Laser spinal surgery, a form of minimally invasive spine surgery, has become a popular option for those looking to relieve back pain due to disc herniation.  The laser spine surgery technique has been heavily marketed but has, as yet, little in the way of clinical trial data to show effectiveness or safety.  Many orthopaedic hospitals do not use the procedure despite a large number of laser spinal surgery having been carried out over the past few decades, and few reports of complication.  Laser spine surgery has the benefit of requiring a smaller incision than the traditional open back surgery and can significantly reduce the length of the operation and the recovery period for patients.  As the procedure is carried out often under local anaesthesia, patients may feel relief from their symptoms instantly and can be mobile within a matter of minutes after the operation.  Recovery time is usually around two weeks with patients able to return to work considerably earlier than if undergoing an open back operation.

Laser Spine Surgery Video

Drawbacks of Laser Spine Surgery

The drawback of laser spinal surgery is that the lasers cannot cut through bone so are only useful if the spinal compression, nerve impingement, or stenosis, is being caused by a bulging or herniated disc or disc fragment.  Osteophyte growth presents a challenge for laser surgery and a more traditional method, or tools, would be required to remove this source of nerve compression.  The technique of laser spinal surgery is similar to other minimal access procedures as it uses a small incision to feed a laser and camera into the area of the disc herniation.  The laser is then used to vaporise the problematic disc material thereby, hopefully, relieving the compression on the nerve.  The material itself is not removed during laser surgery but the overall pressure of the disc on the nerve is reduced.  This can result in the need for additional surgery at a later date. In addition, facet nerves are sometimes ablated (burned off) during a procedure if there is arthritis present in the facet joints. This procedure is known as a facet thermal ablation. Typically this procedure is done in tandem with another procedure and is only a temporary fix for facet arthritis because nerves grow back over time. One thing to note is many times minimally invasive spine surgery is wrongly referred to as laser spine surgery when in reality the laser is assisting in the minimally invasive surgery.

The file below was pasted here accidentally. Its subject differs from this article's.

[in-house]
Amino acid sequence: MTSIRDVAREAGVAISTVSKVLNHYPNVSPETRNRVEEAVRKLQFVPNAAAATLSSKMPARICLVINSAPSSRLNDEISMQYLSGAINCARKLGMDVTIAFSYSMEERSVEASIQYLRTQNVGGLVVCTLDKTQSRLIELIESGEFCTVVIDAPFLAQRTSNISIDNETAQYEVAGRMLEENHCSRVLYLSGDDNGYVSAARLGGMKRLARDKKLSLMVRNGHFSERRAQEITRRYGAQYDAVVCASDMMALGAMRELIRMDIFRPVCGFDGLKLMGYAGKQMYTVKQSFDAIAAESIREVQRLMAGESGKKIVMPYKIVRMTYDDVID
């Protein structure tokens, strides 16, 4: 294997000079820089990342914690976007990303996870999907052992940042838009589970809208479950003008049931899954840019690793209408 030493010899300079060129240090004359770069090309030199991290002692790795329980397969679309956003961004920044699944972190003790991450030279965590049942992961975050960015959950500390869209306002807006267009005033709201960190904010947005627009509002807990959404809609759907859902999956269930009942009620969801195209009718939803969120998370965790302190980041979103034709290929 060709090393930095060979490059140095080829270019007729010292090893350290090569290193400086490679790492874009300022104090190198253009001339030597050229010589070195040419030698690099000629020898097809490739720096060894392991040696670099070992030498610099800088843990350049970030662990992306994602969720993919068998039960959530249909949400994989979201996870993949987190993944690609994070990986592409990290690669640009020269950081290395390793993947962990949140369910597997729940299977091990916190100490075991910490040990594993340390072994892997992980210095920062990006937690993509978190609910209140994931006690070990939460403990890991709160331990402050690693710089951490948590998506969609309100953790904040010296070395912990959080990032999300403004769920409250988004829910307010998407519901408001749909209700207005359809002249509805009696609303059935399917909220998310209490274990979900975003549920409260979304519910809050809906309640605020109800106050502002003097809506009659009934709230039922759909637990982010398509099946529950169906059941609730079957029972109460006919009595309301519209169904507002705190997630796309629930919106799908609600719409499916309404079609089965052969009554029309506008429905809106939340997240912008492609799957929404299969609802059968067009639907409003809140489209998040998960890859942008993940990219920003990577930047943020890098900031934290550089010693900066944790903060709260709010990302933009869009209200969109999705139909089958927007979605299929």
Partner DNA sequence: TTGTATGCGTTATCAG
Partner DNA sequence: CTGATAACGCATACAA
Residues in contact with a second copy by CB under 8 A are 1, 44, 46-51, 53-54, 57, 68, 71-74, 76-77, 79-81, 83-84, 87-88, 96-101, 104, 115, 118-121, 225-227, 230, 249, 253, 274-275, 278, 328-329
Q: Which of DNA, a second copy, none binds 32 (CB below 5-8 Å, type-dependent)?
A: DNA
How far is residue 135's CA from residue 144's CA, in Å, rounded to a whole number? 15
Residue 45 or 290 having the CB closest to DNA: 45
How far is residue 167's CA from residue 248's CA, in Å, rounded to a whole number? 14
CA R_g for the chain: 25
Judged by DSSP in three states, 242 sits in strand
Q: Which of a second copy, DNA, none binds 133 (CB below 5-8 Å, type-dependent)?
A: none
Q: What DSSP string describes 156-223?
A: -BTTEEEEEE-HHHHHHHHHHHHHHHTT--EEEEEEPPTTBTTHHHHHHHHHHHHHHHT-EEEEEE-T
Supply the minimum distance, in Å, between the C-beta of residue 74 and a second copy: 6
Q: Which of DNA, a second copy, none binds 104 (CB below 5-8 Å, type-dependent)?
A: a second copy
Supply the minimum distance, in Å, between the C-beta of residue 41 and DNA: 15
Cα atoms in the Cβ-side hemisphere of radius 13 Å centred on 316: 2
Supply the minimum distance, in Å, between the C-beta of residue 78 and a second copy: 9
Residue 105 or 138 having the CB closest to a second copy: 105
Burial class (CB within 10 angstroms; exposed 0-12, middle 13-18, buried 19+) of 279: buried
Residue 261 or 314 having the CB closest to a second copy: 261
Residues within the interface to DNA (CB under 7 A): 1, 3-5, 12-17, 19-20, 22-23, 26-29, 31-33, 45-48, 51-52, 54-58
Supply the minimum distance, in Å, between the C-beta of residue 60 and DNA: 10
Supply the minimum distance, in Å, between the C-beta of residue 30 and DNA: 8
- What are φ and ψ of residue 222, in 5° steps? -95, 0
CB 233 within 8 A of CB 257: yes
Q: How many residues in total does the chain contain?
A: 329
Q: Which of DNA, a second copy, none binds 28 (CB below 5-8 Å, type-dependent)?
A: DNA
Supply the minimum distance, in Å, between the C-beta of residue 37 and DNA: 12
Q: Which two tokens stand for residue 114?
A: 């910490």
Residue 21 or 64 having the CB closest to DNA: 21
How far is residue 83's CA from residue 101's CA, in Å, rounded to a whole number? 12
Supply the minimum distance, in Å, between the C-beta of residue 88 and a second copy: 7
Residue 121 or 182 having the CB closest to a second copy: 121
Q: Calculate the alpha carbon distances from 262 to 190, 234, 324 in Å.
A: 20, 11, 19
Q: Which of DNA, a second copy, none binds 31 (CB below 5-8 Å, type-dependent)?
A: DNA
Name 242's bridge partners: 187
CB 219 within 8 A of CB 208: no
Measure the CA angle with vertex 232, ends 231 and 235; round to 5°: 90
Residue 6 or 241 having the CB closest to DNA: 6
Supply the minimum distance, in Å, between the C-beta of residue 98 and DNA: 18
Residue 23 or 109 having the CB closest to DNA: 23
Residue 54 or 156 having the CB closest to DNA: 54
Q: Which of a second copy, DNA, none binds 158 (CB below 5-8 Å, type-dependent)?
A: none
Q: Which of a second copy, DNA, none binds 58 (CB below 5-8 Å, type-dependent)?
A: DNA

Laser spine surgery